Return of the SPAC: They're Back and Bigger than Ever
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Return of the SPAC: They’re Back and Bigger than Ever

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SPAC IPOs 2020

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The Briefing

  • Special Purpose Acquisition Companies (SPACs) are shell companies created with the sole intent to raise capital and buy a private organization, or a stake in a company
  • In 2020, 248 new SPACs went public, an increase of more than 300% from 2019
  • 2020 was a record-breaking year for SPACs on many fronts. For instance, Bill Ackman’s Pershing Square Tontine Holdings raised $4 billion—the largest raised in SPAC history

SPACs are Back and Bigger than Ever

In 2020, SPACs raised over $82 billion in capital. That’s more funds in one year than in the last 10 years combined.

But what exactly is a SPAC, and how have they changed over the years?

SPAC IPOs versus Traditional IPOs

SPAC IPOs are essentially the opposite of traditional IPOs.

In a traditional IPO, an established company goes public to raise funds. In contrast, SPAC IPOs involve a shell company that’s already raised capital and is looking to purchase an organization (or a stake in a company).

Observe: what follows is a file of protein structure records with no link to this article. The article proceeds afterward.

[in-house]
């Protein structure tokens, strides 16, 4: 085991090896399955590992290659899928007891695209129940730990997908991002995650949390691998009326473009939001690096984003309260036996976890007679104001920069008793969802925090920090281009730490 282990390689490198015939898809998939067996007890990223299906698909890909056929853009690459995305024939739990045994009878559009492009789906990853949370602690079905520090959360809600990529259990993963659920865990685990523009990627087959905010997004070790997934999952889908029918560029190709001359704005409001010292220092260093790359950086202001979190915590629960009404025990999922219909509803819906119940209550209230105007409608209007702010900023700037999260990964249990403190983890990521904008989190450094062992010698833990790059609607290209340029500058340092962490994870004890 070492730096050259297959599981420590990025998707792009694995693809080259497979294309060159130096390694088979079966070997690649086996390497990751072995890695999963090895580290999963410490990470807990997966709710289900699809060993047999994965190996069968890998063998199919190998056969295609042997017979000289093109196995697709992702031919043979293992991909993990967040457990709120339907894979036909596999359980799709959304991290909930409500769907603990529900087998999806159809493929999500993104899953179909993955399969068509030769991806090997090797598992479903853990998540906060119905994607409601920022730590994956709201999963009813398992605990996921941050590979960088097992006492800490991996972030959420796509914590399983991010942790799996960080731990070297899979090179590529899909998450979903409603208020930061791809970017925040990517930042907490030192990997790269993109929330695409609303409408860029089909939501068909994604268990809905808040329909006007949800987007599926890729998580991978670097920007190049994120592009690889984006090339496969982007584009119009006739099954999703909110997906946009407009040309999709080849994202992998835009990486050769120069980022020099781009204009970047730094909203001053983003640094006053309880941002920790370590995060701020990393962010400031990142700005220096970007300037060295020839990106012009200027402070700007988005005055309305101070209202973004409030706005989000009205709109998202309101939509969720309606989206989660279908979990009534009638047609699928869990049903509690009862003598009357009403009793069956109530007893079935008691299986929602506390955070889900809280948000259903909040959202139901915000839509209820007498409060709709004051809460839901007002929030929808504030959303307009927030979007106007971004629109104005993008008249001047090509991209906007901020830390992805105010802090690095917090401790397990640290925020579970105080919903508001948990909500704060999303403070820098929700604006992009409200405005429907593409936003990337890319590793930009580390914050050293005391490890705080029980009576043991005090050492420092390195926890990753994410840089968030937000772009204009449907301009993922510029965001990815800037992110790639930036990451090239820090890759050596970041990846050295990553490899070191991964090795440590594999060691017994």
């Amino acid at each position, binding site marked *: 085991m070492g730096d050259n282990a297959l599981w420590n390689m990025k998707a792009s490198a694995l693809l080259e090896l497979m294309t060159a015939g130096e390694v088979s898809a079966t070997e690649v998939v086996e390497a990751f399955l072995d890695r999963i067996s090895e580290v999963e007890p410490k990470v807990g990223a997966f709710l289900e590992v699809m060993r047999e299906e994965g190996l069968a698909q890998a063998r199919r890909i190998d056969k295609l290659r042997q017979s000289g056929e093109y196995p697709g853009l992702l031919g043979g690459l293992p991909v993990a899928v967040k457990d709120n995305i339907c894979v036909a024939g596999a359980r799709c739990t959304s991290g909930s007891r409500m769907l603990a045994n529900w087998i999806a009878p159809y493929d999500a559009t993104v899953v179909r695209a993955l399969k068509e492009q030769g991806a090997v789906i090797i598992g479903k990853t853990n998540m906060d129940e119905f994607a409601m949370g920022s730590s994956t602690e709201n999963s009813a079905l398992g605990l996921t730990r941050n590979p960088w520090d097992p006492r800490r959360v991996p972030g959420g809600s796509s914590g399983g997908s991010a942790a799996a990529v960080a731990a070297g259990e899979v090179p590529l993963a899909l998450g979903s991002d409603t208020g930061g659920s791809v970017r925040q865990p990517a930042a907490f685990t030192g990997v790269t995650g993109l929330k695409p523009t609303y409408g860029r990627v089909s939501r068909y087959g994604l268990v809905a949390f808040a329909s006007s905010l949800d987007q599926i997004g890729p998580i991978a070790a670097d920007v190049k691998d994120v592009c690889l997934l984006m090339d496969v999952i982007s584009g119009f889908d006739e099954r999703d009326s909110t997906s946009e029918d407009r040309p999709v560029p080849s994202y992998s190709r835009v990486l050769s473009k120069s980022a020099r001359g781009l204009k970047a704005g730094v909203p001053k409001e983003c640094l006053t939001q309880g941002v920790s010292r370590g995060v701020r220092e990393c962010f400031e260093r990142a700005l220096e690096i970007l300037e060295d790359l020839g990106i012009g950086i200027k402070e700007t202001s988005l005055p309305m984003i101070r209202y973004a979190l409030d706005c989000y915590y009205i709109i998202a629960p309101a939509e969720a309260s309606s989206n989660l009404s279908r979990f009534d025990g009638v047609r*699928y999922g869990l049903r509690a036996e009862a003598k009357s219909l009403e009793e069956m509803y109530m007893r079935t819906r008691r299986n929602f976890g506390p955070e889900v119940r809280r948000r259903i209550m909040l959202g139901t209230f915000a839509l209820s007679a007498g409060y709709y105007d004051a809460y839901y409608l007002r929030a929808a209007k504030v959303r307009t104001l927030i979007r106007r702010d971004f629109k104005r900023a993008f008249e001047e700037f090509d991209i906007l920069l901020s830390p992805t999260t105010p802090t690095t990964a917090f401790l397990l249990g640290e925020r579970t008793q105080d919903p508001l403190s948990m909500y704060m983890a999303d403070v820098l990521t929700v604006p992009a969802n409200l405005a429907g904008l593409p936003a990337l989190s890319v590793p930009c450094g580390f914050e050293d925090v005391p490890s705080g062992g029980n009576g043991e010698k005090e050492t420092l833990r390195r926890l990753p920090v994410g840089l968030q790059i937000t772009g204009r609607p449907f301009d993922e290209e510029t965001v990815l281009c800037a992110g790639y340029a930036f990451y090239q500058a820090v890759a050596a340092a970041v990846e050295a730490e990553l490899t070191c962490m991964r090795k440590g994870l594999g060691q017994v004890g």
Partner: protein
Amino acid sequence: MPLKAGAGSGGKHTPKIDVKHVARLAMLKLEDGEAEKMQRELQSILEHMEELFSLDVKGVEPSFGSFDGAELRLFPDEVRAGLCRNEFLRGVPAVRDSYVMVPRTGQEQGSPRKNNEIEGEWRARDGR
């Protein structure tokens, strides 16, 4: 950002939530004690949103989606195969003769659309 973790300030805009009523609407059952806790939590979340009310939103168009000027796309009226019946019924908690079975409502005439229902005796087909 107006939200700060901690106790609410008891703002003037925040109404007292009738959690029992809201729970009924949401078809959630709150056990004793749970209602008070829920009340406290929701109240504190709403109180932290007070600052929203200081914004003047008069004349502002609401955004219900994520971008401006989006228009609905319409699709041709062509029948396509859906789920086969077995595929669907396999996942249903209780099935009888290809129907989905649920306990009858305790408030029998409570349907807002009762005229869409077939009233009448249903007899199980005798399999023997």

While traditional IPOs are seeking funds, SPAC IPOs already have the funds—what they’re seeking is an organization to attach themselves to.

SPACs, also known as “Blank Check” companies, provide a faster way to raise funds compared to traditional IPOs. That’s because the audit process for a SPAC is shorter, since they don’t have any financial statements to review.

A Brief History of SPACs

248 SPACs went public in 2020—189 more than in 2019.

2020 has by far been the biggest year for SPACs in the last few decades. Here’s a look at the number of SPAC IPOs over the last 15 years, along with their average size:

Year# of SPAC IPOsAverage IPO Size (M)
200528$75.5
200637$91.5
200766$183.2
200817$226.0
20091$36.0
20107$71.8
201116$69.4
20129$54.5
201310$144.7
201412$145.8
201520$195.1
201613$269.2
201734$295.5
201846$233.7
201959$230.5
2020248$334.4